Nov 21 2012
At first glance there could not be two more different people than Frank Church and former President Lyndon Baines Johnson. Surprisingly, though, there were more similarities than one would think.
Both men were terrifically ambitious; both had talented wives who played crucial roles in their success; both could be excellent “stump” speakers; both loved publicity as much as they loved being senators; both relished the give and take of politics; both authored legislation that has touched for the better the lives of millions of Americans past, present and in the future.
Most interesting though is both first came to the Senate courtesy of a missing ballot box in a key county controlled by friends of theirs.
Robert Caro, in his massive yet to be completed five volume biographies of Johnson documents with a story teller’s flair how Johnson finally got to the U.S. Senate by an 87 vote margin over former Texas Governor Coke Stevenson. The key to that “victory” was ballot box 13 in Duval county controlled by one man, George Parr, a Johnson supporter and a true loyalist who was well rewarded for his loyalty.
There’s even a picture of the wayward ballot box sitting on top of the hood of a car with several deputy sheriffs, as well as cronies of Parr’s, one with his foot on the bumper, posing for posterity before the box went into the mists of history.
Less well known is Idaho’s remarkably similar story. Seven years after Johnson took his Senate seat courtesy of a missing ballot box, in August of 1956, young Frank Church defeated former U.S. Senator Glen Taylor in the Democratic primary by 170 votes.
The winner would be up against the already dying and somewhat disgraced Senator Herman Welker, one of the few supporters for the red-baiting activities of Wisconsin Senator Joe McCarthy.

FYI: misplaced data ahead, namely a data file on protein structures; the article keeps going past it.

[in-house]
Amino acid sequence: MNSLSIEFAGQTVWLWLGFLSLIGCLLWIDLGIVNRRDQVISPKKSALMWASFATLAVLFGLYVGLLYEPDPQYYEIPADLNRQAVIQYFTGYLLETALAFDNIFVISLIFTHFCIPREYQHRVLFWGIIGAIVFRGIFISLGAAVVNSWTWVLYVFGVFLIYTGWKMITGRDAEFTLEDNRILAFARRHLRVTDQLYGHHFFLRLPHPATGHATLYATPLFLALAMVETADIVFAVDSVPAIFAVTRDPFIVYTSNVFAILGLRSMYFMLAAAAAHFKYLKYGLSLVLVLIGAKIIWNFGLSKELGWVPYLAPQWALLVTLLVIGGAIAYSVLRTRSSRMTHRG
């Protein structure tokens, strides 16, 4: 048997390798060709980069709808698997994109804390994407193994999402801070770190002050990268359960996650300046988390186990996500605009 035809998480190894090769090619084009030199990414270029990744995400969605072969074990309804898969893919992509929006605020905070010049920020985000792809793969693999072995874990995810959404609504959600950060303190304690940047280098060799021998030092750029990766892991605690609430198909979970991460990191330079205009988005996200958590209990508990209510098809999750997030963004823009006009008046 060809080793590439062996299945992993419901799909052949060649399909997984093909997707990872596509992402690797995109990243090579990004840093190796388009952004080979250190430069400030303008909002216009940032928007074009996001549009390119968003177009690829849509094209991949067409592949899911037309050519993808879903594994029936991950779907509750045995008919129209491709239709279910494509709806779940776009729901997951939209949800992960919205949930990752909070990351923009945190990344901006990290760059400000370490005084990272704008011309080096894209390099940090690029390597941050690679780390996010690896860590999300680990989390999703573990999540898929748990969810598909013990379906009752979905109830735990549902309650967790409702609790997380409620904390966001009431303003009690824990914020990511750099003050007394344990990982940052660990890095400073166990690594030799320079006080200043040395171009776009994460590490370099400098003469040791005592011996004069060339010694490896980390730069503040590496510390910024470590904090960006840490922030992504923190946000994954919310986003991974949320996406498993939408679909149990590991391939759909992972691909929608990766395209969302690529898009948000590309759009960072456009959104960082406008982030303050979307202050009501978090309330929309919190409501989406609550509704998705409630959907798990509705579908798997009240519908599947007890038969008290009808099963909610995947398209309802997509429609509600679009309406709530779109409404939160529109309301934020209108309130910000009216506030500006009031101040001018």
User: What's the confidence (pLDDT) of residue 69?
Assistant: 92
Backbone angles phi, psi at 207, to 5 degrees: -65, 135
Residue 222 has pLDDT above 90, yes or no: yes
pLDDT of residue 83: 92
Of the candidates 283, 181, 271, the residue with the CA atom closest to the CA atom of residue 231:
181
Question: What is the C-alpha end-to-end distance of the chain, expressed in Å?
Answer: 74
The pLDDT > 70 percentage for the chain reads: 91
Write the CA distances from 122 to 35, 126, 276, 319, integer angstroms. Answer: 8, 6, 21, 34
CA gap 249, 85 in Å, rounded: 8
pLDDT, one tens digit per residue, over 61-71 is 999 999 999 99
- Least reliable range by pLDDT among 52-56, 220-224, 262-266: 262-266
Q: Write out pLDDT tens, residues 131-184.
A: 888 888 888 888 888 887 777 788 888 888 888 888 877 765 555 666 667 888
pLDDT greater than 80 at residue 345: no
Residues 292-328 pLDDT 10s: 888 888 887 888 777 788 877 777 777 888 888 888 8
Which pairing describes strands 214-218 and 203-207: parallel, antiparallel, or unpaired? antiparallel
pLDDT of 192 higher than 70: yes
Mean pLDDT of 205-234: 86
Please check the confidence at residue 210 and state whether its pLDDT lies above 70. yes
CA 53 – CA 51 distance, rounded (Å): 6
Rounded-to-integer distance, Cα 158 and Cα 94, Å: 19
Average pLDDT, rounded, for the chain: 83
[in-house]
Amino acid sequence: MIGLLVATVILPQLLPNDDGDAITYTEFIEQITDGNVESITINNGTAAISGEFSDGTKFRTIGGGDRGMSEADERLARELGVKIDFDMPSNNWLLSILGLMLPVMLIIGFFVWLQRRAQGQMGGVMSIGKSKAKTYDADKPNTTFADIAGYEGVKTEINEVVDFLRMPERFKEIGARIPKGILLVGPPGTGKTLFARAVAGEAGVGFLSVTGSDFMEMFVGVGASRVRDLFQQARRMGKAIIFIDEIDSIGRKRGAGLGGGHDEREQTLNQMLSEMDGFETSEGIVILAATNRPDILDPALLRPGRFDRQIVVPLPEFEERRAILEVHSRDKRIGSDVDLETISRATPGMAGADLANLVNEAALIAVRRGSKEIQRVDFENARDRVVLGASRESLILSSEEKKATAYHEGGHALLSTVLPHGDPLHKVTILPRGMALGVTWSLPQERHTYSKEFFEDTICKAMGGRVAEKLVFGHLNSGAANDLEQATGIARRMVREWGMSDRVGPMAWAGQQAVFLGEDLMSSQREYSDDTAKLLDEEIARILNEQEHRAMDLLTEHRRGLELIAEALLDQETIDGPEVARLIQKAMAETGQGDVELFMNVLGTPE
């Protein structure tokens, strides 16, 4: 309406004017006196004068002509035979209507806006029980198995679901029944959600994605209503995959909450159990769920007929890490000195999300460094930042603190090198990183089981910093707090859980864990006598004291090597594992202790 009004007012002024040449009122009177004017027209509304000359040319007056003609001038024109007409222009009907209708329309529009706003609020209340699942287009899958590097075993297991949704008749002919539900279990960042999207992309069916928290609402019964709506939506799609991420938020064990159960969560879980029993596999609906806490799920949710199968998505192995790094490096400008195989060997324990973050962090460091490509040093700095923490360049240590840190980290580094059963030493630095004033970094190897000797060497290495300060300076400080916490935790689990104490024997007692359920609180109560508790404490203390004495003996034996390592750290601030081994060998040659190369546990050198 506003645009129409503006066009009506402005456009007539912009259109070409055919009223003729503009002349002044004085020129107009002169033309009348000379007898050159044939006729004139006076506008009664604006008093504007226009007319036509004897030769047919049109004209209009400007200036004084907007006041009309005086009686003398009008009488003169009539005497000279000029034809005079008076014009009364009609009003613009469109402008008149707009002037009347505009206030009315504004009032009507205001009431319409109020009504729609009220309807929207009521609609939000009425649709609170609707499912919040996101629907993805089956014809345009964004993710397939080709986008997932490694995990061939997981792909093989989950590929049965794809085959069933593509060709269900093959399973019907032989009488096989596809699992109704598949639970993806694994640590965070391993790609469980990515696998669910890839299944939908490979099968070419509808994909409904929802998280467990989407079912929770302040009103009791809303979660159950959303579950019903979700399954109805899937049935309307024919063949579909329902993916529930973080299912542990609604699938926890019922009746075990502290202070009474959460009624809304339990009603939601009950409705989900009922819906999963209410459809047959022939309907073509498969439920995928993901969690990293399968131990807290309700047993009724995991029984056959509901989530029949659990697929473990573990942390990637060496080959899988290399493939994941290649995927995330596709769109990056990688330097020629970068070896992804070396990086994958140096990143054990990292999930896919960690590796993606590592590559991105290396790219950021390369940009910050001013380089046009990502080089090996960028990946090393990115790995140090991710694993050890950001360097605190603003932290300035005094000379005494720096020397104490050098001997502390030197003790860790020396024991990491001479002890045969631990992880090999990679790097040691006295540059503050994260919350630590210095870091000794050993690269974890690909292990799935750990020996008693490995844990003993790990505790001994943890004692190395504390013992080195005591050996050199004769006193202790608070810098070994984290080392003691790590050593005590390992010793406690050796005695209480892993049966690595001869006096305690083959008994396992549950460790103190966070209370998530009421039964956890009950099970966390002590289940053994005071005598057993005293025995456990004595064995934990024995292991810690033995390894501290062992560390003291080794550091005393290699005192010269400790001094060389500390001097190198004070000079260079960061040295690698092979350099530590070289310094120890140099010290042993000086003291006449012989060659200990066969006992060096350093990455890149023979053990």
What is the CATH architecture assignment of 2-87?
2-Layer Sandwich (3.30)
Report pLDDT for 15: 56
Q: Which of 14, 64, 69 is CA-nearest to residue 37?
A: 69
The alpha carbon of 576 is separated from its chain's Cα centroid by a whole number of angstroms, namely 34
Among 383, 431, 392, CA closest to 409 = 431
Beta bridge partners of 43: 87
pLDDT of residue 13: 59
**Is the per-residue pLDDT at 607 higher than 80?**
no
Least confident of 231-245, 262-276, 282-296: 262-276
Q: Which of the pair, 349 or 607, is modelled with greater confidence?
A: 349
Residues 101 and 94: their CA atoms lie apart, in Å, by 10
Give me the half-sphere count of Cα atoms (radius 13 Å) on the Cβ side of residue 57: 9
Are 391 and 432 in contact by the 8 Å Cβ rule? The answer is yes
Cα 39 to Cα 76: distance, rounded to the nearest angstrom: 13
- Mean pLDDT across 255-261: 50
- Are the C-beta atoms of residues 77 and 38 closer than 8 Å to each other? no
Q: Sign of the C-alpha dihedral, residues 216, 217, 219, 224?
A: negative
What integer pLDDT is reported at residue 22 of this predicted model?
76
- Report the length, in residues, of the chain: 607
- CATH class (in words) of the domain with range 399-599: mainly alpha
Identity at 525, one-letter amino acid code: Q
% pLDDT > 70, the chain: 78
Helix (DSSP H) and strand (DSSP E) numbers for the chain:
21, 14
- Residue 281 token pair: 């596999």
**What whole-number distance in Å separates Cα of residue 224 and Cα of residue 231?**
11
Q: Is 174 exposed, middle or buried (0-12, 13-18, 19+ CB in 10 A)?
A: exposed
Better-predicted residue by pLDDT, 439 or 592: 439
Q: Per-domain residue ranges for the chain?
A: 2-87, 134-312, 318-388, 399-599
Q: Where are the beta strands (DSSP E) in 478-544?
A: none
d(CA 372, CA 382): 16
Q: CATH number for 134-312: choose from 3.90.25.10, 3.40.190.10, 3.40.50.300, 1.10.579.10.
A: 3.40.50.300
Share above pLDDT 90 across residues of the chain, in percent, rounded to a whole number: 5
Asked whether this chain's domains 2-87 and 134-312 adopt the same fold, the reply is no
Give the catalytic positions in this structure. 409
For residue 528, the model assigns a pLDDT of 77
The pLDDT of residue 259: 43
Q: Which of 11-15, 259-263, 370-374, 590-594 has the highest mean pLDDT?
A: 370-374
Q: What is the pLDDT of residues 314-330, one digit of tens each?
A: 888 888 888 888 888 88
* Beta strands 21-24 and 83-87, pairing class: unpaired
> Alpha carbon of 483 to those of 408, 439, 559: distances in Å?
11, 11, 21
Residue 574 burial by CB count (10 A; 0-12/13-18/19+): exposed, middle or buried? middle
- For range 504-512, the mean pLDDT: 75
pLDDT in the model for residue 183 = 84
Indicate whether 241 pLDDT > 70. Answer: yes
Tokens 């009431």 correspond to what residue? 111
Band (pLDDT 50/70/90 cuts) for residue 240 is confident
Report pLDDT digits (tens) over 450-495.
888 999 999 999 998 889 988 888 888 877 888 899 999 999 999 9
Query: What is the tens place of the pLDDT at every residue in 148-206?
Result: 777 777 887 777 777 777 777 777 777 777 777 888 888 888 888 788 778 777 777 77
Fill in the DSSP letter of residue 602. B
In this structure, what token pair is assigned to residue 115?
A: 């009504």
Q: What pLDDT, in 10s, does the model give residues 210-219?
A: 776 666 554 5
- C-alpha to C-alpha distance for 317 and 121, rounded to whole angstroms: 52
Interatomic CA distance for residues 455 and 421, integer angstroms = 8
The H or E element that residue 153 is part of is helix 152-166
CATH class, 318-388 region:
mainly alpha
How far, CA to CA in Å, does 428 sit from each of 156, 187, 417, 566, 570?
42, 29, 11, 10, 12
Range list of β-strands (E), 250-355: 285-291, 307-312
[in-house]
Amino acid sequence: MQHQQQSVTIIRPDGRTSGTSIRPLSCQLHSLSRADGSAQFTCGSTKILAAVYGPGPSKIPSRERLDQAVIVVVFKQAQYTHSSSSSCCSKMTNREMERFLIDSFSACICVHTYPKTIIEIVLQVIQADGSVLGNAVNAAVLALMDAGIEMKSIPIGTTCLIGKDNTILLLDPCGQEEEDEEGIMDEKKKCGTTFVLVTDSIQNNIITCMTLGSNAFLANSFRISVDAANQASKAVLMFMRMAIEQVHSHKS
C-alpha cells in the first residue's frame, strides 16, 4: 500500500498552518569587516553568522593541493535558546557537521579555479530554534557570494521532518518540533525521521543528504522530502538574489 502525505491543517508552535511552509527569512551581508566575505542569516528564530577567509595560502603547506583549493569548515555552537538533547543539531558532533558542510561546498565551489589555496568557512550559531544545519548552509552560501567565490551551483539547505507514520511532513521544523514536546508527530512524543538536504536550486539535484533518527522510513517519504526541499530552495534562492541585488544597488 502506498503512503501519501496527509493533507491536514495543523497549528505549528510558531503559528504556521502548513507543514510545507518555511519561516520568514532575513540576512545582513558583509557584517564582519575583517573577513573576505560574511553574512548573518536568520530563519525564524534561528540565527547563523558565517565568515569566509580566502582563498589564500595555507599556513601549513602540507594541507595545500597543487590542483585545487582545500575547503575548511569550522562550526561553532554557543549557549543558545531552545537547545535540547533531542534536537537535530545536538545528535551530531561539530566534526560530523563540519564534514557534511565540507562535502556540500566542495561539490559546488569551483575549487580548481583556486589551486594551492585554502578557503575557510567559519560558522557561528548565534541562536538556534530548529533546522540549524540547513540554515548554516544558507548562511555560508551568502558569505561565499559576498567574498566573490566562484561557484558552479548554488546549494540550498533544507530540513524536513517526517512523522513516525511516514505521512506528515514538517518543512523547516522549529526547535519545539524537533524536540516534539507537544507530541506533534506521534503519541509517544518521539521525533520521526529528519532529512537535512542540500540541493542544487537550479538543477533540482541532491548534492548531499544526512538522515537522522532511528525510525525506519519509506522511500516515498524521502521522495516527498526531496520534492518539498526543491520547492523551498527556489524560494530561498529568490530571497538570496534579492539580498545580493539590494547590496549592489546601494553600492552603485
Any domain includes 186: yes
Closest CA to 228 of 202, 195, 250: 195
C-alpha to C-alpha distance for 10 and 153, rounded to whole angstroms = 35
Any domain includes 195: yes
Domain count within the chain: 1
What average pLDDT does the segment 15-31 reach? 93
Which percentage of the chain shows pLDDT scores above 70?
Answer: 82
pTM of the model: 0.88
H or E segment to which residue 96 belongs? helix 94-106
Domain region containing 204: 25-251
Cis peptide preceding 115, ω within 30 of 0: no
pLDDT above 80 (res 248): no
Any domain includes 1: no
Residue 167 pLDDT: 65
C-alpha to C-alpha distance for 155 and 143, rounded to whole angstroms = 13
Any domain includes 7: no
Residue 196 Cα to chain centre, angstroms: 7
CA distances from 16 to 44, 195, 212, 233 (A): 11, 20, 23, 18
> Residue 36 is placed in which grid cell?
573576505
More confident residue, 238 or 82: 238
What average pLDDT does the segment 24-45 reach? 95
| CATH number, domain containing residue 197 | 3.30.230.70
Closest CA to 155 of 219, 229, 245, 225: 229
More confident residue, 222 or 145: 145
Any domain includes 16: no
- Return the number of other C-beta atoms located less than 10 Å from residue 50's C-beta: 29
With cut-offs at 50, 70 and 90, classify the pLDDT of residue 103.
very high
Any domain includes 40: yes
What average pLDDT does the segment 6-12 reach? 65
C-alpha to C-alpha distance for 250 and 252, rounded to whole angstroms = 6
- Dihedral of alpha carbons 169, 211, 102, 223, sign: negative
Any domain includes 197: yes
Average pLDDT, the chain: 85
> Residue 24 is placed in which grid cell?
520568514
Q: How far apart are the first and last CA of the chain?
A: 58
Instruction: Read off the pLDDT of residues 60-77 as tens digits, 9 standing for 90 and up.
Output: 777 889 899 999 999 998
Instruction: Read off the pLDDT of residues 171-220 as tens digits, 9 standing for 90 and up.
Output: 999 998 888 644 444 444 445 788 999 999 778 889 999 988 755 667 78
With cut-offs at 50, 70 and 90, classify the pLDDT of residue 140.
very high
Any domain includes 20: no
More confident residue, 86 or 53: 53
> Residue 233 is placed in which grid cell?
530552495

Idaho’s usually Republican leaning business establishment, including the state’s dominant paper, The Idaho Statesman, was beginning to recognize the damage being done by “Little Joe from Idaho’s” support for McCarthy. Behind the scenes Church’s friend and campaign manager, Carl Burke, was thought to have enlisted some key establishment support for Church’s bid.
For years afterwards Taylor maintained the nomination had been stolen, and wouldn’t you know it, a key ballot box could no longer be found. The county was Elmore and the finger of allegation has long pointed at veteran State Senator Bob Wetherell, the “Duke” of Elmore county and the counterpart to George Parr, the Duke of Duval county. By all accounts Wetherell’s influence included dominating the Courthouse.
Stories are mixed, facts are few but the consensus is there were more Democratic votes in a key precinct than there were registered voters. When Taylor drilled down on the vote in the key precinct it did indeed appear to have delivered an excessive number of votes for the young Boise attorney. The ballot box that should have been part of any mandatory recount, however, had “disappeared.”
Rumor had the box being tossed in the Anderson Ranch reservoir by the county sheriff on orders of “Duke” Wetherell , where it lies to this day.
Taylor filed a complaint with the Senate which conducted a cursory investigation. During his single term in the Senate (1944-1950) he had not endeared himself to his colleagues. Thus, there was little interest in seeing the flamboyant Taylor¸ who had run for the vice presidency on the Progressive ticket with Henry Wallace in 1948, resume his old seat.
Taylor, at his own expense, went door-to-door in the key precinct in Mountain Home getting affidavits from voters saying who they had voted for, and buttressing his circumstantial case that Church could not possibly have gotten the margin out of the precinct initially reported.
Of course with the key box missing for any recount he could not prove his case and the complaint was dismissed. The cloud over Church taking the seat he won that November was removed.
No one has ever speculated,¸ alleged or charged that the Senator himself had any knowledge of this “favor” being done for him by the Duke of Elmore though Taylor surely must have wondered. If any one might know it would be Carl Burke, but if there is a secret here, he took it to the grave. Garry Wenske, guardian of the Church legacy as curator of the Church papers at Boise State dismisses the speculation out-of-hand as baseless.
Perhaps, but the missing ballot box has a long and infamous history in many states, not just Texas, and maybe even in Idaho. The real conclusion should be that while politics can bring tainted births there can still be much good for society despite the origins of the politician.
Chris Carlson is a former staffer for Governor Cecil Andrus, and a writer now living at Medimont.Share on Facebook